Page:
Q&A: Author Andy Horowitz On His New Book, 'Katrina: A History, 1915–2015'
"Katrina: A History, 1915–2015" details the long story leading up to the storm — the development plans, federal assistance programs, politics, and environmental racism — to show that what happened during Hurricane Katrina shouldn't have been shocking at all.
Ahead of the 15th anniversary of the storm, New Orleans Public Radio talked with author and Tulane University history professor, Andy Horowitz, about his new book.
Tegan Wendland: You’re not the first person to write about Hurricane Katrina, and you really tried to tell the story through the lens of environmental racism. What did you feel was missing from the history books?
I don’t feel like Katrina was really in the history books. We have the benefit of brilliant writing about Katrina, much of it comes from 2005, 2006, 2007, when in meaningful ways Katrina was still happening. It was impossible to know what the consequences of the flood and the policy responses to the flood were going to be. Fifteen years after the flood, we’re able to see Katrina as something more like a whole. And as a historian, I’m able to try to distinguish what the most significant causes and consequences were and put them in a much broader context.
You detail again and again how rebuilding and investment decisions have been made along color lines. The example of Lakeview vs. the Lower 9th Ward being one of the starkest. Lakeview was quick to rebuild while people in the 9th Ward struggled. What can we learn from the past about what we stand to lose if we let these same interests dictate how we manage the threats of climate change, like flooding and, eventually, relocation?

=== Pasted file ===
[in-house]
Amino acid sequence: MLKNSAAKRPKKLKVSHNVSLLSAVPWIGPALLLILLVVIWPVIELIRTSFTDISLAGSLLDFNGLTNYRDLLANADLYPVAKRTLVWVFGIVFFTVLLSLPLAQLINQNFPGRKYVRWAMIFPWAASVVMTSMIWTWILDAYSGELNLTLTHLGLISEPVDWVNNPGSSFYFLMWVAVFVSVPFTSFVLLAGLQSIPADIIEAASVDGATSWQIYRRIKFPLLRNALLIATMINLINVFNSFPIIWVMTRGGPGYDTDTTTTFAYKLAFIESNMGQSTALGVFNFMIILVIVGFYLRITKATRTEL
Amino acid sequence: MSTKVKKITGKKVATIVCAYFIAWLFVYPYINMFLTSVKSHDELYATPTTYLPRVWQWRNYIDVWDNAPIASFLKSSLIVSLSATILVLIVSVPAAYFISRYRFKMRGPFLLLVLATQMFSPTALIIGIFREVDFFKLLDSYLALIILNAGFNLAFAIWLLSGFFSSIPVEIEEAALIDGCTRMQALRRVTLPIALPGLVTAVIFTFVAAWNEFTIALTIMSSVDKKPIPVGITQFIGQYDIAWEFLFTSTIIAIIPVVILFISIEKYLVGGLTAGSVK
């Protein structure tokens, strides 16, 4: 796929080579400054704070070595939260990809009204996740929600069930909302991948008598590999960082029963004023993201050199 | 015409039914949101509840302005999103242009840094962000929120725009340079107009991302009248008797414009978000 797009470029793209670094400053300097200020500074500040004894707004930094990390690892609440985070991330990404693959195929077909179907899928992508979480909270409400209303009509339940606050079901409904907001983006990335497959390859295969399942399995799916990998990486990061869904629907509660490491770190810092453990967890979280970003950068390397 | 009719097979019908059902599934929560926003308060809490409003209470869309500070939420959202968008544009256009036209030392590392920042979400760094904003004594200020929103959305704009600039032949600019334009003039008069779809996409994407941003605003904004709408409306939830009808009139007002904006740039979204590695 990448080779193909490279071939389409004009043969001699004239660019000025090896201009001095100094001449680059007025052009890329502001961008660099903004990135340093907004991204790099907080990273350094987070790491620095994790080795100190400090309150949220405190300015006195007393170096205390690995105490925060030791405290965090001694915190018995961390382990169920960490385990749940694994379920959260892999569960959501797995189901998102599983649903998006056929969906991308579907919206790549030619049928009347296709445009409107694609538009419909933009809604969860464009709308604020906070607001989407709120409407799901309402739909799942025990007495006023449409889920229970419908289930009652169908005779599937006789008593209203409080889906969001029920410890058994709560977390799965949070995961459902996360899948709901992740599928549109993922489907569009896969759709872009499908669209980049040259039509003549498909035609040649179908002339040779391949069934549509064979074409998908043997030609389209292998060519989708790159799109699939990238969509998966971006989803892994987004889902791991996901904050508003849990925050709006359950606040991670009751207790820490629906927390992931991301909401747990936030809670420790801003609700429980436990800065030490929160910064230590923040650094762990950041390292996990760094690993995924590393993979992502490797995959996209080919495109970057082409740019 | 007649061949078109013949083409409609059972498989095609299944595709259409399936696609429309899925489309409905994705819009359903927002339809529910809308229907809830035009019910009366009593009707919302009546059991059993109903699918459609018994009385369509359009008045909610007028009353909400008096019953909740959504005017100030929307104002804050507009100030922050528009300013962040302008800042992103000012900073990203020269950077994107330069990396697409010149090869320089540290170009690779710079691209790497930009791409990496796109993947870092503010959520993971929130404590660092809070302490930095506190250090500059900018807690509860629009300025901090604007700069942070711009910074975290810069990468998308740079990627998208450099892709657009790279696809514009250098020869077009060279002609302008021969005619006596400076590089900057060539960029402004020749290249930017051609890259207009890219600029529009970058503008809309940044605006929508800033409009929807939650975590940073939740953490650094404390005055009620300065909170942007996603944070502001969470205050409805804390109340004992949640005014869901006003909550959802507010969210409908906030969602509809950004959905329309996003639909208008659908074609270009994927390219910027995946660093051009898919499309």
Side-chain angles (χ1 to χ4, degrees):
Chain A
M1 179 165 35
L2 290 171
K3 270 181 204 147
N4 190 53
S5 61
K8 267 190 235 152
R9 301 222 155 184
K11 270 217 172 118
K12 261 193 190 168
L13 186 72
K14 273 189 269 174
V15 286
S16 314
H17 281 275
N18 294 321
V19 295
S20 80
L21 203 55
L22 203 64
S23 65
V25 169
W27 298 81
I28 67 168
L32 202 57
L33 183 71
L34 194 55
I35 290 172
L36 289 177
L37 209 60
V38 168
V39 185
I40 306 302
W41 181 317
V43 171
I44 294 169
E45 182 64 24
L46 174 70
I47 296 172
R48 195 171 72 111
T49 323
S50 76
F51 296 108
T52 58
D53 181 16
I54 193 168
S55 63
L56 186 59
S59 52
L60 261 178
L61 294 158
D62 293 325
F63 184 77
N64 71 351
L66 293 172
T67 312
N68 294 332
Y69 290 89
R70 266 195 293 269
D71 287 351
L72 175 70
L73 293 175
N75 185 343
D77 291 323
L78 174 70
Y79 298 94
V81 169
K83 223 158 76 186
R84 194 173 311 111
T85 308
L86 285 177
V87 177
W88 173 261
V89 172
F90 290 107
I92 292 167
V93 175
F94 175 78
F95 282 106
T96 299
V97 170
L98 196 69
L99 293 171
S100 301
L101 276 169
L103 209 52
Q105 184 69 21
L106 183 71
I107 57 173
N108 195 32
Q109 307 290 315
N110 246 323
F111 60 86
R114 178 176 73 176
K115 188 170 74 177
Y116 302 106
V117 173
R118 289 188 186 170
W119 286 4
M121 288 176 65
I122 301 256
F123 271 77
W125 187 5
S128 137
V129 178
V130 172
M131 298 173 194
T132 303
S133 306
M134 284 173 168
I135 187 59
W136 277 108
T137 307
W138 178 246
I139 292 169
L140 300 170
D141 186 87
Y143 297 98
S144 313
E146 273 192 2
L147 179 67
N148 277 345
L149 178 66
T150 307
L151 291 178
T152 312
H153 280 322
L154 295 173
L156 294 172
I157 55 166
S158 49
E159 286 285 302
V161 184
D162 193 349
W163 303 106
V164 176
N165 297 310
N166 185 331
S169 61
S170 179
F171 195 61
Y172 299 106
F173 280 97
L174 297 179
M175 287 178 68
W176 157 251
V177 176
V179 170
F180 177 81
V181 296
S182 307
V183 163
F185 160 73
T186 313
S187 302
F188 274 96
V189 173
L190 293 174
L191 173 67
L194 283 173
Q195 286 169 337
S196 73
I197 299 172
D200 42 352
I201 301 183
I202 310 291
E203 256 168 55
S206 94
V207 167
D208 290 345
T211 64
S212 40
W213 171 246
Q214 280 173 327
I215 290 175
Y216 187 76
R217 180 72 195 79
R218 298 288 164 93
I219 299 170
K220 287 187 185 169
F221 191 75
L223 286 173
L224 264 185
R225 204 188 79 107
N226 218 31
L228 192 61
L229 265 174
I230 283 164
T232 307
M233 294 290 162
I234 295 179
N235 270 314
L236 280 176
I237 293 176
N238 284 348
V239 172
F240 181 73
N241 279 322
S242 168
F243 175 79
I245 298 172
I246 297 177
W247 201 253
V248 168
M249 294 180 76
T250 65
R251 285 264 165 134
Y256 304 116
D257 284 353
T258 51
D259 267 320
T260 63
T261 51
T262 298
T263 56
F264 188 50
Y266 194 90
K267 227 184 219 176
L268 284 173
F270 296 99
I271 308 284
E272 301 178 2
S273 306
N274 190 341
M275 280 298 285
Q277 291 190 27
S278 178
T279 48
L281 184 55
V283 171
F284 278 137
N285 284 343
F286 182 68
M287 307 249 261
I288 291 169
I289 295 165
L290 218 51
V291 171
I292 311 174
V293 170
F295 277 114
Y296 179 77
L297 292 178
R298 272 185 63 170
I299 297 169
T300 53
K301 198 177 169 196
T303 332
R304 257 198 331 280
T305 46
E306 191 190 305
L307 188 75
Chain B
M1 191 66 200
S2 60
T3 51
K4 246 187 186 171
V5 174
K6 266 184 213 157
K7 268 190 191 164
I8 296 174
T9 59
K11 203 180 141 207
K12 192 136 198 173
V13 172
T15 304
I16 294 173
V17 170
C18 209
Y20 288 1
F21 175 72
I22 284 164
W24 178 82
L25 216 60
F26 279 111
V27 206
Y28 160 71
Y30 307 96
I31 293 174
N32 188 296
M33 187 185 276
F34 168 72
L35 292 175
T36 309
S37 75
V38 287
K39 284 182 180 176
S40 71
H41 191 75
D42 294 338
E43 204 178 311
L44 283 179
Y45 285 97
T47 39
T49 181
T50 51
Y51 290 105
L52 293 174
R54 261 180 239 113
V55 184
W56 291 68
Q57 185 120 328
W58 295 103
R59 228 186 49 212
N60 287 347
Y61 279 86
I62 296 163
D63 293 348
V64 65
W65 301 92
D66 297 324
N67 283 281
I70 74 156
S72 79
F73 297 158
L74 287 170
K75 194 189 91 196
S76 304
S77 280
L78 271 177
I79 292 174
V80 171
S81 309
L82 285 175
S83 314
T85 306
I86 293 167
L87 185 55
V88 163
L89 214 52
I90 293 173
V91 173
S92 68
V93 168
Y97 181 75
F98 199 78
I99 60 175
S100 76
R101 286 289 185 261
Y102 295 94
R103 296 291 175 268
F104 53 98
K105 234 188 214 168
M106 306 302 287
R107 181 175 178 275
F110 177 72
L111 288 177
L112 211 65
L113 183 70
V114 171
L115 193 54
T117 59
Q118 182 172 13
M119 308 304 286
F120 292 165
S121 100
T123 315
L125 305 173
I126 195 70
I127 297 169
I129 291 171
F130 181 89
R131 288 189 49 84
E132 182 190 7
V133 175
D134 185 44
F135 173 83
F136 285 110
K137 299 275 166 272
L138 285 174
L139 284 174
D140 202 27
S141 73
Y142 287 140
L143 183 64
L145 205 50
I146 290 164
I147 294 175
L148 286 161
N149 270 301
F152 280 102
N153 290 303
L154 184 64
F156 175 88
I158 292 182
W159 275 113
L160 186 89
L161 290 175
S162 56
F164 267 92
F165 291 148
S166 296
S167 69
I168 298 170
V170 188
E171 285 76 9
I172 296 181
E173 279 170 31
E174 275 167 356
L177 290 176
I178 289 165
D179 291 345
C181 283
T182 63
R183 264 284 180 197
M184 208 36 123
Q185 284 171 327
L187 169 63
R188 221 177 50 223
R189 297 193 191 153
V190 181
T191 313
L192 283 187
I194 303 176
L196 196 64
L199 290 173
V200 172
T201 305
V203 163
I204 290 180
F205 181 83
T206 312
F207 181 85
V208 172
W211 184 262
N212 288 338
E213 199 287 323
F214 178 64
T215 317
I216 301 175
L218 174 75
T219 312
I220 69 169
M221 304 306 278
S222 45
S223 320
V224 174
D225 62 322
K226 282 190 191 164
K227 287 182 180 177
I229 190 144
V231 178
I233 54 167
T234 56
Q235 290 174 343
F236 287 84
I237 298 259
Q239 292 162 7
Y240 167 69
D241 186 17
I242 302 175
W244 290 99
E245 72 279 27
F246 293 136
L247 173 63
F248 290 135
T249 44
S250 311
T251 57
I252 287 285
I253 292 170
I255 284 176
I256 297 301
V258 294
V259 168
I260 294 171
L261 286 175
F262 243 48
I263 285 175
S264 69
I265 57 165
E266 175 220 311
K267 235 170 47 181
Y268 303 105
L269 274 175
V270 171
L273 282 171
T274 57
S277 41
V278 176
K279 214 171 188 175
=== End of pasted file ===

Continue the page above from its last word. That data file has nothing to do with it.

One of the real challenges of writing about Katrina and talking about Katrina with people is that you really have to disaggregate what you mean by just that word — Katrina. Turns out that the storm and the flood are not responsible for many of the changes that we associate with that word Katrina. So let me talk specifically about Lakeview and the Lower 9th. Were you to look at either of those neighborhoods on Aug. 30 or in early September 2005, they would have looked very similar. They were both underwater. Going back today, Lakeview is pretty populated and the Lower 9th remains at a rather small percentage of what it had been before 2005. Understanding that it’s the inequalities that existed before the flood and the policy response to the flood that had the determining factor in who could come home and who could not could be really empowering and really dispiriting.
So much of this story is about how much people do or don’t trust the government, and the implications of that. You argue that the culture of not drawing down on federal aid before Hurricane Betsy weakened the overall support system and contributed to the devastating lack of response. This tension seems especially salient in this moment. What lessons can we take from this story and apply to the way this pandemic is playing out in America?
One of Katrina’s lessons for the pandemic is that we all need the federal government. We need a strong, competent and humane federal government. It’s the only force in American life that’s powerful enough to help address a problem like a flood that overwhelms a major metropolitan area, or the sort of public health emergency that spreads across the country and the world. And the history of racism and conservative resistance to federal government has hobbled the federal government and has undermined its ability to help anybody. Certainly — I don’t want to be misunderstood — white supremacy benefits white people and harms non-white people. We saw that during Hurricane Katrina and we see it now. But it’s also the case that once the levee breaks or once the virus spreads, it’s really hard for anyone to be totally protected.